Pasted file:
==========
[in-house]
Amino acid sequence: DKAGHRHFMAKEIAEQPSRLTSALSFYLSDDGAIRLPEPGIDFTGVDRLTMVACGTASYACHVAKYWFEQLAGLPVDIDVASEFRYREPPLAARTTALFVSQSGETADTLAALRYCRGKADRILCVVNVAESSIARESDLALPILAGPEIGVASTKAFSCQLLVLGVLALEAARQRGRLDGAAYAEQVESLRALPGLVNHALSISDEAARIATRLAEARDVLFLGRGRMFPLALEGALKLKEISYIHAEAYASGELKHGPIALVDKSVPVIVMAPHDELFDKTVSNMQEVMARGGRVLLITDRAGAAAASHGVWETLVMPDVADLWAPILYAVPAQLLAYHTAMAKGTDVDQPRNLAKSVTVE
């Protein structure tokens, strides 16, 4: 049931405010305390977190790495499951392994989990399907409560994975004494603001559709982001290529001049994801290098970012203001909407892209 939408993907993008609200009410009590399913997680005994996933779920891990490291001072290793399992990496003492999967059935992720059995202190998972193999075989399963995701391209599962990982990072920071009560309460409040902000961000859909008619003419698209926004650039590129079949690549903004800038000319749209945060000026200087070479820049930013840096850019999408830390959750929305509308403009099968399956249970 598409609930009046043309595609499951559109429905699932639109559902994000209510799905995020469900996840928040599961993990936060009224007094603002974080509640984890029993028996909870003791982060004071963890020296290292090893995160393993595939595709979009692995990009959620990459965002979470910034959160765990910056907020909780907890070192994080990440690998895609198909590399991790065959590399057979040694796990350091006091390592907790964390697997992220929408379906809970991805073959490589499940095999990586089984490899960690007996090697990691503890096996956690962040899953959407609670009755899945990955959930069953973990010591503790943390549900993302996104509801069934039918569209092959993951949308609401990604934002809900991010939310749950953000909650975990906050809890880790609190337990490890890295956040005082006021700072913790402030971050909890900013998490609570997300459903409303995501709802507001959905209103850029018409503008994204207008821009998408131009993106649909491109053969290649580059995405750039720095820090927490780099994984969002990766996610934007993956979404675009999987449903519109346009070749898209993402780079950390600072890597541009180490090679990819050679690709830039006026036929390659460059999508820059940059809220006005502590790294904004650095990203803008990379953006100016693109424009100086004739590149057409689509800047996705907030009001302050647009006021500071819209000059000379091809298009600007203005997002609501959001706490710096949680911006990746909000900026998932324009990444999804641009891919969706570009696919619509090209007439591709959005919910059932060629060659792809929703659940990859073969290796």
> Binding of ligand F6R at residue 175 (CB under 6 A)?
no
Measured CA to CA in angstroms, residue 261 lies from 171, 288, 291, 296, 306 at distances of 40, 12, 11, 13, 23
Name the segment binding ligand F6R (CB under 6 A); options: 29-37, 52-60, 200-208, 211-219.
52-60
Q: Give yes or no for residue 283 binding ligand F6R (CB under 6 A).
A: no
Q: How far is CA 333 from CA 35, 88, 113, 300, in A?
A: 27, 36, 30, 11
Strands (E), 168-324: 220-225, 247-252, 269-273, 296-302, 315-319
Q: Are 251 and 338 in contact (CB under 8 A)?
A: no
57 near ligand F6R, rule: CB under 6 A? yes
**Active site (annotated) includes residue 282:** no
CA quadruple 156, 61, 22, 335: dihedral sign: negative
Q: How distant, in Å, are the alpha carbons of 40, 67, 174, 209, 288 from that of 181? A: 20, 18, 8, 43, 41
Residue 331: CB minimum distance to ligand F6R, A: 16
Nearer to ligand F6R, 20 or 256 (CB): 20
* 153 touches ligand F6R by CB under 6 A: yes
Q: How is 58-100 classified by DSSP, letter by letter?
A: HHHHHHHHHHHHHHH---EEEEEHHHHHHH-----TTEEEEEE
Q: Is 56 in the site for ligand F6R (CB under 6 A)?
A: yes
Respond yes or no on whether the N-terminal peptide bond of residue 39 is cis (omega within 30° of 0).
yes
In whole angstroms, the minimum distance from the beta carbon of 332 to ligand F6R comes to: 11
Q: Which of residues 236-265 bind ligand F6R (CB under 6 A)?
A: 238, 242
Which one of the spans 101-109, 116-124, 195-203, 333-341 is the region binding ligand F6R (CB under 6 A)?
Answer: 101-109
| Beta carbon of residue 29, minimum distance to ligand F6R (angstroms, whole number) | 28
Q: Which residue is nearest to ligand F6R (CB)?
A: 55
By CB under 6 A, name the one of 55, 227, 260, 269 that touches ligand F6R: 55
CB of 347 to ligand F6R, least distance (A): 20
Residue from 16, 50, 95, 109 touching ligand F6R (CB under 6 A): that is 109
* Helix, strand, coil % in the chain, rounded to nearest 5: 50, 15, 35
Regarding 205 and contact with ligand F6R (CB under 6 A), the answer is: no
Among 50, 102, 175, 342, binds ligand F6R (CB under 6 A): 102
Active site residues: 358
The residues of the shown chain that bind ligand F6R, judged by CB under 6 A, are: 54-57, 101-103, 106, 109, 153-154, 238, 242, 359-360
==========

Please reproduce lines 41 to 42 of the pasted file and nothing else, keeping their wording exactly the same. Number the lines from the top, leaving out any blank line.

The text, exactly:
Regarding 205 and contact with ligand F6R (CB under 6 A), the answer is: no
Among 50, 102, 175, 342, binds ligand F6R (CB under 6 A): 102